On the other hand, as the primary structure to describe in my use case is a tree, the references all go "one way", from parent to children. That kind of references can be made implicit by the layout of the data (eg. for a stringized format, storing children surrounded by brackets just after their parent's data). I find it easy to serialize (juste make a tree traversal) and it's also intuitive to read in a textual form, although a bit more involved to check/parse. But as you point out, a stringized version might seem like a win now because I only tested relatively small/simple sample data, and it could become more cumbersome as I add more features and cue types.

When you say that text goes wrong quickly, are you referring to data "corruption", or as the format itself becoming hard to maintain/reason about ? And do you think it's always a bad thing (one could argue that it enables you to spot bugs/bad decisions early) ?
Allen Webster
2 years, 9 months ago
By "goes wrong quickly" I mean the difficulty of maintaining the text format does not just scale linearly with the complexity of the data. If your format has about six or fewer "types" of "things" in it right now, and the references are just a directed acyclical graph or even better a tree, then the stringizer and parser won't be too bad. The "goes wrong quickly" happens when you want a new "type" that really doesn't fit into the way the stringizer and parser were already setup.

In general, conversions between "hot" <-> "text" are way more work to implement than conversions between "hot" <-> "cold". The win is all in the manual authoring and debugging. If you're unsure about the implications of doing the "hot" <-> "text", perhaps you could explore how you can reclaim the manual authoring and debugging in other ways. For instance, if you are storing a "cold" file format, you can just make a utility separate from you application that stringizes those files "cold" -> "text". This has the benefit that you can afford to be less performance focused and so you can instead optimize the code for easy maintenance. Parsing, ("text" -> X) is usually the most implementation work, so if manual authoring isn't important to you, you could just cut that and save a lot of work. If you do want manual authoring, do you have other ways to achieve it? Even if you end up writing a parser, I am finding that a "text" -> "cold" parser that does not have to be used at run time is much easier to maintain than just trying to do "text" -> "hot" right in the application.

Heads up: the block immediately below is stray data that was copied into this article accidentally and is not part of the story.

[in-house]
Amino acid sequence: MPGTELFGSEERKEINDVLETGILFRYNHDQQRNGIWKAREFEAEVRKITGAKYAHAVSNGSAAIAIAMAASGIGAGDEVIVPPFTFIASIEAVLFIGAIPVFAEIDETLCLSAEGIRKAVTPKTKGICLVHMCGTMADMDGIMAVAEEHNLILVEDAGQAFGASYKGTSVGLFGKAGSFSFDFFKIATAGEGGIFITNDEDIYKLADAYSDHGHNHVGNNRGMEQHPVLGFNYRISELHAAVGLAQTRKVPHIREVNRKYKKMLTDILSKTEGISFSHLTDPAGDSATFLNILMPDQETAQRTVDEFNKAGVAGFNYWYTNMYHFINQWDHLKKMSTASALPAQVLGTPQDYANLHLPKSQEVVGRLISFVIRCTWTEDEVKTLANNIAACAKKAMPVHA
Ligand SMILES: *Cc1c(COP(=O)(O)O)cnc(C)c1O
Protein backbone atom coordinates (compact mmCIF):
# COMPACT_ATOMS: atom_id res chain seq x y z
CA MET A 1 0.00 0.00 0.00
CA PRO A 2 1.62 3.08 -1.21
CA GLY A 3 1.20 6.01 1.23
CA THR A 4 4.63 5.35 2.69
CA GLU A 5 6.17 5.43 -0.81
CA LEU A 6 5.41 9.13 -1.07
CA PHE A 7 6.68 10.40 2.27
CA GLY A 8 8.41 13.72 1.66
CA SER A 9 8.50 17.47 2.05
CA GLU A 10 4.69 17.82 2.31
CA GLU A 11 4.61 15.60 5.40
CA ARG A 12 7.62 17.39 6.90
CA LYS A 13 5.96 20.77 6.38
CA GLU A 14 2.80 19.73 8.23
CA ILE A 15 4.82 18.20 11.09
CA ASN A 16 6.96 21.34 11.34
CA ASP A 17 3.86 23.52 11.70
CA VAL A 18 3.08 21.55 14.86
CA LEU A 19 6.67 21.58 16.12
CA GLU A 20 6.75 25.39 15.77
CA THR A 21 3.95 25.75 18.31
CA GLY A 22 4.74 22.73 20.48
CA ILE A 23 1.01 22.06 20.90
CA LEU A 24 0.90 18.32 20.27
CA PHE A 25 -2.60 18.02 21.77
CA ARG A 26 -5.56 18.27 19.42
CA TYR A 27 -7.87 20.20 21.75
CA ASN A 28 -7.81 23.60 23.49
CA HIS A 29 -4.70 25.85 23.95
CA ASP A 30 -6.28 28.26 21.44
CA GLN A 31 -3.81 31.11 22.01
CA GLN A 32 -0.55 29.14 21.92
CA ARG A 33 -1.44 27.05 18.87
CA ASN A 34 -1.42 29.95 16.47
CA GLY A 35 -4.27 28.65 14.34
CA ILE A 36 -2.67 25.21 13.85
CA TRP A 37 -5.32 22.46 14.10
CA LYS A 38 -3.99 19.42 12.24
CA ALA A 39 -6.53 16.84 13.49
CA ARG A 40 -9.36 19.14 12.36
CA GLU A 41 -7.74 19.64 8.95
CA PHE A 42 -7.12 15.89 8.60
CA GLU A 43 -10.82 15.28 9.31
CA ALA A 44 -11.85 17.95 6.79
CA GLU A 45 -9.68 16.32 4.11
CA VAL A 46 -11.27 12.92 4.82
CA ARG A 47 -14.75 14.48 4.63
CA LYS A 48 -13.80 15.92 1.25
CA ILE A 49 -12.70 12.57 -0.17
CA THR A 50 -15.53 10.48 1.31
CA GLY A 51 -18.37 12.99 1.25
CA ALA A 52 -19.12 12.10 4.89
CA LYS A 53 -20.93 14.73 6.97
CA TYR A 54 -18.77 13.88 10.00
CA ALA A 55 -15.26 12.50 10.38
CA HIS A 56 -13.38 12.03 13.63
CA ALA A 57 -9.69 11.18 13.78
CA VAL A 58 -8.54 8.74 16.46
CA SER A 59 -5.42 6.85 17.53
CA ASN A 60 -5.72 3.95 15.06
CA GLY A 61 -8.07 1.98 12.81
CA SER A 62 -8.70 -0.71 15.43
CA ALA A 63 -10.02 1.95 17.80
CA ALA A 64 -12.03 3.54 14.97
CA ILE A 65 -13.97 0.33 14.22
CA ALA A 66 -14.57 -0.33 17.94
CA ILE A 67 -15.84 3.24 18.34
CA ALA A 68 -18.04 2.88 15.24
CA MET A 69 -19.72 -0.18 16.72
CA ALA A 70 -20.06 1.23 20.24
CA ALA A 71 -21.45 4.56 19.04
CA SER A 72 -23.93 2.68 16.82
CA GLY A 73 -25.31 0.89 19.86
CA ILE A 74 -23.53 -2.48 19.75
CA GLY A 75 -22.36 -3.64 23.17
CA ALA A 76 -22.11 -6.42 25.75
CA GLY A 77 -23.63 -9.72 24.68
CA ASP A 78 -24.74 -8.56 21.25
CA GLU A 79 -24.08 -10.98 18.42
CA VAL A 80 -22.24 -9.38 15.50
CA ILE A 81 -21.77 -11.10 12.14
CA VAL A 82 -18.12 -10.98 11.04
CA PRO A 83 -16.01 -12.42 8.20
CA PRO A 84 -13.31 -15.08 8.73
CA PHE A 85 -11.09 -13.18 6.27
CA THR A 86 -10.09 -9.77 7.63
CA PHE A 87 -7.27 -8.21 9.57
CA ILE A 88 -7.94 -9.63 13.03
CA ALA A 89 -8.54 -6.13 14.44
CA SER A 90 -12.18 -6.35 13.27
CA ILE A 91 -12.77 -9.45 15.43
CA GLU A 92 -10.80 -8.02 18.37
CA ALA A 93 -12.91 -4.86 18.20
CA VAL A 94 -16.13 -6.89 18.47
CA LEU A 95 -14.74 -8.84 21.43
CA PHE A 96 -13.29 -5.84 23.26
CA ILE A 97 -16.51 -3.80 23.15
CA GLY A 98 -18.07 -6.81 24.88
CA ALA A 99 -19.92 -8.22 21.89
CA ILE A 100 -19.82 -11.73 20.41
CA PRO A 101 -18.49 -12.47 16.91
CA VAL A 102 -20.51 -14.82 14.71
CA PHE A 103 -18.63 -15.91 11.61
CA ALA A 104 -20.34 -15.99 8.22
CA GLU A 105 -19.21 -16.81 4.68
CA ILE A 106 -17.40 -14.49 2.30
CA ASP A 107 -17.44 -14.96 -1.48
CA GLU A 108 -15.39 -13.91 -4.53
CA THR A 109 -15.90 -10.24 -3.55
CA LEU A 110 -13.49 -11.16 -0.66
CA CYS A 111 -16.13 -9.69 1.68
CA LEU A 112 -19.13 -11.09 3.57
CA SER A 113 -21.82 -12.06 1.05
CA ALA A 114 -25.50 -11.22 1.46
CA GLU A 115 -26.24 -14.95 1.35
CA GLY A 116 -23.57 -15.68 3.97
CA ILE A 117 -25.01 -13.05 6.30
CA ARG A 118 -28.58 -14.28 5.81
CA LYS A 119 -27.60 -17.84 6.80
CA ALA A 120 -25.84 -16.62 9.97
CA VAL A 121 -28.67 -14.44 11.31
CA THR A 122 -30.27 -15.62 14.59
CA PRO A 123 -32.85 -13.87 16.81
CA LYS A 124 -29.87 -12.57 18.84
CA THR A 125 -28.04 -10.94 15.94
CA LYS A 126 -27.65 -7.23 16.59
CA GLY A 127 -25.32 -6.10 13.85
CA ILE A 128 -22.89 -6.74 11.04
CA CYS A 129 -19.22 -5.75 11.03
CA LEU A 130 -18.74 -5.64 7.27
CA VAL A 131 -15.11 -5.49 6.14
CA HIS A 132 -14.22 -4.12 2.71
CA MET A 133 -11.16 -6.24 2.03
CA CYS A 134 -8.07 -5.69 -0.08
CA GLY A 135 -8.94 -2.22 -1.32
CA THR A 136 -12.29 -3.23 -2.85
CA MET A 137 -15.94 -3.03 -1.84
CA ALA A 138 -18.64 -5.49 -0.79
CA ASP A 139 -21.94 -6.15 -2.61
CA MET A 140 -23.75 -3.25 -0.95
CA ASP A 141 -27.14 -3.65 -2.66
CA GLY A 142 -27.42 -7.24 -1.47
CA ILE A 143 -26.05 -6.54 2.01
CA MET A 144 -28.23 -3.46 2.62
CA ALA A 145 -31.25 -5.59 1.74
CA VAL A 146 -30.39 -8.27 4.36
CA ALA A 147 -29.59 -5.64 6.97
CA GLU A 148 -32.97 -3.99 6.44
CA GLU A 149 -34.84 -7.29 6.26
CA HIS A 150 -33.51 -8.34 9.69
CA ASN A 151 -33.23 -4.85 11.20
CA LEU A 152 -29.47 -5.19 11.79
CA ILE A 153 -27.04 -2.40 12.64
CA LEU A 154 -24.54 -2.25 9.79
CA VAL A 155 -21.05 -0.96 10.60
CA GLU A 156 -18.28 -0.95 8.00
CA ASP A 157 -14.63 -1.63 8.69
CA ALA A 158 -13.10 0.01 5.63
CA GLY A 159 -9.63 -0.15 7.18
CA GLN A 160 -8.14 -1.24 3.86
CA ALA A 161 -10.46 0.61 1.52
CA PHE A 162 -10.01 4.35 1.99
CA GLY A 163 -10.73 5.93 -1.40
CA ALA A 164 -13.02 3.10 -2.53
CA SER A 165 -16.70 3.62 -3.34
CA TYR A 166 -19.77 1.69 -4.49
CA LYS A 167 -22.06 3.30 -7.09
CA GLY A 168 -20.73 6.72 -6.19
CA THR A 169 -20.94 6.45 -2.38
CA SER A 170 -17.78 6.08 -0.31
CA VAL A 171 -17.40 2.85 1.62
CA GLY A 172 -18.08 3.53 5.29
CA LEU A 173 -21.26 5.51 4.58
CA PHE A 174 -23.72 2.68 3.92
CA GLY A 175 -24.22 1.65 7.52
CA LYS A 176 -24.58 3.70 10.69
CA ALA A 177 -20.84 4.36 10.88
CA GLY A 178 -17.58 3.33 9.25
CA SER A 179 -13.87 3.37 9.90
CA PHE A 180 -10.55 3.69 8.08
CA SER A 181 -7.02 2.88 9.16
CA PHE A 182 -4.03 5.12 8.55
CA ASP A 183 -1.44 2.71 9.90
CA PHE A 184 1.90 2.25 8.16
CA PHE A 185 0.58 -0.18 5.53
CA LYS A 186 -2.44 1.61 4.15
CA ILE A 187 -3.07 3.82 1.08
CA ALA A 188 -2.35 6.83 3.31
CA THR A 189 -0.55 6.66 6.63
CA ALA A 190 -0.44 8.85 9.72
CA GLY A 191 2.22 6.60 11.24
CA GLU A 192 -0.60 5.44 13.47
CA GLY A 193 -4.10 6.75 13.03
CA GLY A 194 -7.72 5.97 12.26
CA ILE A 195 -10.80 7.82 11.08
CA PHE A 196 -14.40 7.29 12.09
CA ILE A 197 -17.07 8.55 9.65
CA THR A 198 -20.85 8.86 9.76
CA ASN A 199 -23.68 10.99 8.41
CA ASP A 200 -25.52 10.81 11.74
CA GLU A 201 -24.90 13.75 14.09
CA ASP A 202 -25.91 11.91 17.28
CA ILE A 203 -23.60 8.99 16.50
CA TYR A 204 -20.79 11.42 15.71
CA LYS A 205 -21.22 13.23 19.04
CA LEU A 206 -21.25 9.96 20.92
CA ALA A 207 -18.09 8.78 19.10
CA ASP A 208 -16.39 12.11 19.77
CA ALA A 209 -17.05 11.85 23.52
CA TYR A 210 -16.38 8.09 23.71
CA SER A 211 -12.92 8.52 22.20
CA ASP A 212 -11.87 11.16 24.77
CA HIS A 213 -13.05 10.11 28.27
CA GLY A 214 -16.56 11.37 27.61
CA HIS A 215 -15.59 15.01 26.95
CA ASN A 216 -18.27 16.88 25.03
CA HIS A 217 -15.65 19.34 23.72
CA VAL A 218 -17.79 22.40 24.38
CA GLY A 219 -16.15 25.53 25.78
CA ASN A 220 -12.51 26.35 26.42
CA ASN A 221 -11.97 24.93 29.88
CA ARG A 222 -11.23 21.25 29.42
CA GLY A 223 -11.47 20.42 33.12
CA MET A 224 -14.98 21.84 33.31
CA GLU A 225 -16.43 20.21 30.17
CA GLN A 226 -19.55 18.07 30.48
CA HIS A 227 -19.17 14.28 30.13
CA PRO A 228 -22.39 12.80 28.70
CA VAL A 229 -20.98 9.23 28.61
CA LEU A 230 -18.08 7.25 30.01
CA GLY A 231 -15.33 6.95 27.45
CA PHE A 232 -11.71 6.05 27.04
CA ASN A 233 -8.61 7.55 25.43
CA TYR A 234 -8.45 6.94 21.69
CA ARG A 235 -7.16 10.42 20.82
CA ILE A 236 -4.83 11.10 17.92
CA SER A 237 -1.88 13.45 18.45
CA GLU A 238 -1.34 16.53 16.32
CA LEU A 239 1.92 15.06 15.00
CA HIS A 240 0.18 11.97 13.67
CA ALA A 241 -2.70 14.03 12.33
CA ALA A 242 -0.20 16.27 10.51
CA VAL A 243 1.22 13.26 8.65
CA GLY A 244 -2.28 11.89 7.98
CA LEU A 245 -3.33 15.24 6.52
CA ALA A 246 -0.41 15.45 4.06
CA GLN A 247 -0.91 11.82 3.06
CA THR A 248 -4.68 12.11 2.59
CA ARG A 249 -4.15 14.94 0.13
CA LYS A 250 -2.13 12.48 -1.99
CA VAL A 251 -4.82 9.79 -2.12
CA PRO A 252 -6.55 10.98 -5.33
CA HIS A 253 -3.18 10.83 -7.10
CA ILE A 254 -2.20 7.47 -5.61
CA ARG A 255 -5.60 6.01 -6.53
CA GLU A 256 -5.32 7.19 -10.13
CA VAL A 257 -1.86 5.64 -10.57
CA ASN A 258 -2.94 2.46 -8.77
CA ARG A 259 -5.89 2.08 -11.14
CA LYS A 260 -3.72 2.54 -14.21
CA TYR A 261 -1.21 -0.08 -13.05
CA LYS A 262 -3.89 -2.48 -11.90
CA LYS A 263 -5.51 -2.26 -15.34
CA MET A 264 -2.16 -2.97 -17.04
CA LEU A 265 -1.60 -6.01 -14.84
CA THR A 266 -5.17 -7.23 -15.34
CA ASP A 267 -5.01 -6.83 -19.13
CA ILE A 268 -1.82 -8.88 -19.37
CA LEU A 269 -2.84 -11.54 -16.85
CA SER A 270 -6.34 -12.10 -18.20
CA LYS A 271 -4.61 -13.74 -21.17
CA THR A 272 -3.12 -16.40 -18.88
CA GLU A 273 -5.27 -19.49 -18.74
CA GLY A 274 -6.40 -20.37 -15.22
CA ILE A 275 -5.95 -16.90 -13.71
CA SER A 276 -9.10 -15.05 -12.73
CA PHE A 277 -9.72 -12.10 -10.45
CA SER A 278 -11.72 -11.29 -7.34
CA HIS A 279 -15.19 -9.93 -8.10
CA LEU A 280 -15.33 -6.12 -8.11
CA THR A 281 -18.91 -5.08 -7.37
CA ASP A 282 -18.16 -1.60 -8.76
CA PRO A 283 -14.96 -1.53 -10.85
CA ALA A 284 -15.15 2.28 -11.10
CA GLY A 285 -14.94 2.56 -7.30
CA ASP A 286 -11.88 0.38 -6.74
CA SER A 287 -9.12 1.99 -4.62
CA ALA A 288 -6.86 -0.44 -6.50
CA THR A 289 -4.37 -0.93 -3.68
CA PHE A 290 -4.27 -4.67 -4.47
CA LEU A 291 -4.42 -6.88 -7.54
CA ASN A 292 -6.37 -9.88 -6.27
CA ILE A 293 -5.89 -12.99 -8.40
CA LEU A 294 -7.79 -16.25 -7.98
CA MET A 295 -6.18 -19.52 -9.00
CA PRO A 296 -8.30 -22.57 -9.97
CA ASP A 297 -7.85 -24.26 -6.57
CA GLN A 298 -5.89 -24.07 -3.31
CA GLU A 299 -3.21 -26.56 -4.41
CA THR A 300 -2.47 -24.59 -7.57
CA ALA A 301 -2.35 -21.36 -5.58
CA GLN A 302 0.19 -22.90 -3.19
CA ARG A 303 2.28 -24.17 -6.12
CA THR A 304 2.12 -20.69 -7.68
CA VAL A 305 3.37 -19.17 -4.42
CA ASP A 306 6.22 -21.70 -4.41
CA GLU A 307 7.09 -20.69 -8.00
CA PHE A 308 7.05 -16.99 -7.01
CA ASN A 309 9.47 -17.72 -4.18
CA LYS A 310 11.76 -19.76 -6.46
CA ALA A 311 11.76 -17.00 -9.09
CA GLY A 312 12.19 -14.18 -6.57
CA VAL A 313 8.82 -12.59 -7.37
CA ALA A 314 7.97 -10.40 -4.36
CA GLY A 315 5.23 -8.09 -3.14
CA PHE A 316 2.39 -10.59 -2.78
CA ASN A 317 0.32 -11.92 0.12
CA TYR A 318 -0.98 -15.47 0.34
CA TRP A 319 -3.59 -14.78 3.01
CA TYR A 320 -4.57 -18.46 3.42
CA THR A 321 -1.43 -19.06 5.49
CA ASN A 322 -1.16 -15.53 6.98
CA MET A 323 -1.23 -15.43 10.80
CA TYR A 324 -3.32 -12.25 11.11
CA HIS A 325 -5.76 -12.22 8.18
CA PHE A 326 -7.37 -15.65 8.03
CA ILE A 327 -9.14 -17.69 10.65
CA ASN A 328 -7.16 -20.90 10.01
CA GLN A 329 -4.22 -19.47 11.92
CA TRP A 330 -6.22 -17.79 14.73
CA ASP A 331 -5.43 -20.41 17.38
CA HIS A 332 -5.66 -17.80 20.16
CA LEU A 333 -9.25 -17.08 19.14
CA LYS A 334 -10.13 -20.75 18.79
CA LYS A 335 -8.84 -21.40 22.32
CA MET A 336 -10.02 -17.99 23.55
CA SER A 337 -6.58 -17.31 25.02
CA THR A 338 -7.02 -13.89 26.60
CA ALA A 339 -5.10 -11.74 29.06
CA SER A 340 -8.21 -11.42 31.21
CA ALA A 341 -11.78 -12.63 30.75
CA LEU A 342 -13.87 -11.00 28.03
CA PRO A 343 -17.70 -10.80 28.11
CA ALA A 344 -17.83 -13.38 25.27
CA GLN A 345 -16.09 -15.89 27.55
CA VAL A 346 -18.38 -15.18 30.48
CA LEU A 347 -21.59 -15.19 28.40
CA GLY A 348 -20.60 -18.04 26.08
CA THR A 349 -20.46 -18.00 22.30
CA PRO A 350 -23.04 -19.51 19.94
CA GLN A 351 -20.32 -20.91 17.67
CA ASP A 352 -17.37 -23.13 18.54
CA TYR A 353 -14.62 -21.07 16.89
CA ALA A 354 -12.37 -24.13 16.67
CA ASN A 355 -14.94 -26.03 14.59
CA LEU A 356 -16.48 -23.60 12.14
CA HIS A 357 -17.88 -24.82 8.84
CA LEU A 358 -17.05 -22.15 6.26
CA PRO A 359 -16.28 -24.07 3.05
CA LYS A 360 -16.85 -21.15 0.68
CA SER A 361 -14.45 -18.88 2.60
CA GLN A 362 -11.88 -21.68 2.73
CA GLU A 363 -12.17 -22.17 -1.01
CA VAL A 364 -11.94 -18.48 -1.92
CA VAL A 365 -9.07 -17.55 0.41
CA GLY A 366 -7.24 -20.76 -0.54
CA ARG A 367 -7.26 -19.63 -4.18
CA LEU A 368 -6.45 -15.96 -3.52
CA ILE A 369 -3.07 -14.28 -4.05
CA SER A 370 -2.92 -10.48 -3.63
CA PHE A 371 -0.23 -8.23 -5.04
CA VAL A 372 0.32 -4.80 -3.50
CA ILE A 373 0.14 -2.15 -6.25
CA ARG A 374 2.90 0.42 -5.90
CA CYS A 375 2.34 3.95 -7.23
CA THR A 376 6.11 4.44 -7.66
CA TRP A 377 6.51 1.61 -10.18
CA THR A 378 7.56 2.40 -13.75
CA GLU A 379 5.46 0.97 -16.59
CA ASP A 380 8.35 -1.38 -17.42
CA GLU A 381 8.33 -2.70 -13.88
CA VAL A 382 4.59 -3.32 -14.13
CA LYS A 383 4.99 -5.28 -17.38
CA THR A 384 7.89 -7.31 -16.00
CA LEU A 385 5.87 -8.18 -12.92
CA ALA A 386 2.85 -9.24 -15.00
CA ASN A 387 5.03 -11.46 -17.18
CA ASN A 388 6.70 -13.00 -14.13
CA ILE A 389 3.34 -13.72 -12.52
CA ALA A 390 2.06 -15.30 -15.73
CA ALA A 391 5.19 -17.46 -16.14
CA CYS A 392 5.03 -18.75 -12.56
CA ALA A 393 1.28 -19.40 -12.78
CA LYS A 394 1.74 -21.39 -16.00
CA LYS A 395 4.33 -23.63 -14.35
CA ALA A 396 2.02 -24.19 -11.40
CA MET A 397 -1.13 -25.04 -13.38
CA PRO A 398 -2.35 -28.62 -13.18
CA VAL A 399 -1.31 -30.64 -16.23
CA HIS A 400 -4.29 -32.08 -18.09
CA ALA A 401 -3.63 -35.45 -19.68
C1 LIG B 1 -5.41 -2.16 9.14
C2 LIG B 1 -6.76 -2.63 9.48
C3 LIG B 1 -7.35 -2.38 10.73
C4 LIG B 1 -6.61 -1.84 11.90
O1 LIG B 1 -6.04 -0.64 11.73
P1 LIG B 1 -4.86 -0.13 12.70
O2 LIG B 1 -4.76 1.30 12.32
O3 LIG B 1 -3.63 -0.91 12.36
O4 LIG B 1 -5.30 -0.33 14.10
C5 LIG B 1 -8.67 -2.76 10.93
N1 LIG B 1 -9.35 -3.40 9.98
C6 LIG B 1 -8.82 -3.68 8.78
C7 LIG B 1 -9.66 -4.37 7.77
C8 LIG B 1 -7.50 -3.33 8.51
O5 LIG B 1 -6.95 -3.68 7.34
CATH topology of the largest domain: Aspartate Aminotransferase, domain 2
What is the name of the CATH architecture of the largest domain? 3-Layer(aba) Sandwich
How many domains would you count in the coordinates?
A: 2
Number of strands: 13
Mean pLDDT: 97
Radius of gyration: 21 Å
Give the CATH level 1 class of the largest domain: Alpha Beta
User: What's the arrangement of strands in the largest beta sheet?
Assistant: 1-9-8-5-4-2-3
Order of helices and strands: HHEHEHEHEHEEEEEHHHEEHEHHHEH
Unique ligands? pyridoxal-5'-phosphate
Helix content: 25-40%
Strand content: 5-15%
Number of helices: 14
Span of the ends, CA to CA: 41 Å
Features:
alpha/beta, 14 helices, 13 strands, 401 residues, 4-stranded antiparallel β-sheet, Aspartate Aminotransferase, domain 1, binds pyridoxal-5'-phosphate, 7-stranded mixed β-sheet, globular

I was hoping to help you think this through, but at this point I think I am just listing every imaginable permutation of a data pipeline, so I'll cut myself off there :D